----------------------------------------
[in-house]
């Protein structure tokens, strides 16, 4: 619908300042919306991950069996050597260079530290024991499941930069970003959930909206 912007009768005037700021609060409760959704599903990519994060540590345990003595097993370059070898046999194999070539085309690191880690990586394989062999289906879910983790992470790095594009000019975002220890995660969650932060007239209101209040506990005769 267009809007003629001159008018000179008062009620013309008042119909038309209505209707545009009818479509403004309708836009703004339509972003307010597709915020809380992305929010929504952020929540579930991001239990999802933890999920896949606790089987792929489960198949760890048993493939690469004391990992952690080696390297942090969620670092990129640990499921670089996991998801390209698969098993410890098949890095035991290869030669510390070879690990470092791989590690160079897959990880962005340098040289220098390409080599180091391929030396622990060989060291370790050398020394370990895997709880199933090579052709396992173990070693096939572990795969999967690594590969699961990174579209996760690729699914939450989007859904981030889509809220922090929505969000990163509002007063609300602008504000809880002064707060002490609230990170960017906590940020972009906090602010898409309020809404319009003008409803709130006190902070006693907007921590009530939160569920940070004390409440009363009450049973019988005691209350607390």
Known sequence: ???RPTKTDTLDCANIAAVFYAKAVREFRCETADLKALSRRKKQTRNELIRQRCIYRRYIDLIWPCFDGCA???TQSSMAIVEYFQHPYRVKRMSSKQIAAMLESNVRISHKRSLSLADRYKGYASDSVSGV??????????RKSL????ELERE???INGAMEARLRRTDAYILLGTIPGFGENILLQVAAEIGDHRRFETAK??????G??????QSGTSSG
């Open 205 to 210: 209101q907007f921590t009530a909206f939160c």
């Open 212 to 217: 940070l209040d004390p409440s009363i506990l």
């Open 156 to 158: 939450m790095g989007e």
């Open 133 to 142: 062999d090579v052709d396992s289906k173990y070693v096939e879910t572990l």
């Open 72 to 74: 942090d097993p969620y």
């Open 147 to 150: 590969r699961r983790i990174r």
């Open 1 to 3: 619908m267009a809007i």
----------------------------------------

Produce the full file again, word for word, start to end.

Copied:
[in-house]
């Protein structure tokens, strides 16, 4: 619908300042919306991950069996050597260079530290024991499941930069970003959930909206 912007009768005037700021609060409760959704599903990519994060540590345990003595097993370059070898046999194999070539085309690191880690990586394989062999289906879910983790992470790095594009000019975002220890995660969650932060007239209101209040506990005769 267009809007003629001159008018000179008062009620013309008042119909038309209505209707545009009818479509403004309708836009703004339509972003307010597709915020809380992305929010929504952020929540579930991001239990999802933890999920896949606790089987792929489960198949760890048993493939690469004391990992952690080696390297942090969620670092990129640990499921670089996991998801390209698969098993410890098949890095035991290869030669510390070879690990470092791989590690160079897959990880962005340098040289220098390409080599180091391929030396622990060989060291370790050398020394370990895997709880199933090579052709396992173990070693096939572990795969999967690594590969699961990174579209996760690729699914939450989007859904981030889509809220922090929505969000990163509002007063609300602008504000809880002064707060002490609230990170960017906590940020972009906090602010898409309020809404319009003008409803709130006190902070006693907007921590009530939160569920940070004390409440009363009450049973019988005691209350607390």
Known sequence: ???RPTKTDTLDCANIAAVFYAKAVREFRCETADLKALSRRKKQTRNELIRQRCIYRRYIDLIWPCFDGCA???TQSSMAIVEYFQHPYRVKRMSSKQIAAMLESNVRISHKRSLSLADRYKGYASDSVSGV??????????RKSL????ELERE???INGAMEARLRRTDAYILLGTIPGFGENILLQVAAEIGDHRRFETAK??????G??????QSGTSSG
């Open 205 to 210: 209101q907007f921590t009530a909206f939160c």
């Open 212 to 217: 940070l209040d004390p409440s009363i506990l």
């Open 156 to 158: 939450m790095g989007e």
């Open 133 to 142: 062999d090579v052709d396992s289906k173990y070693v096939e879910t572990l």
């Open 72 to 74: 942090d097993p969620y």
């Open 147 to 150: 590969r699961r983790i990174r």
């Open 1 to 3: 619908m267009a809007i």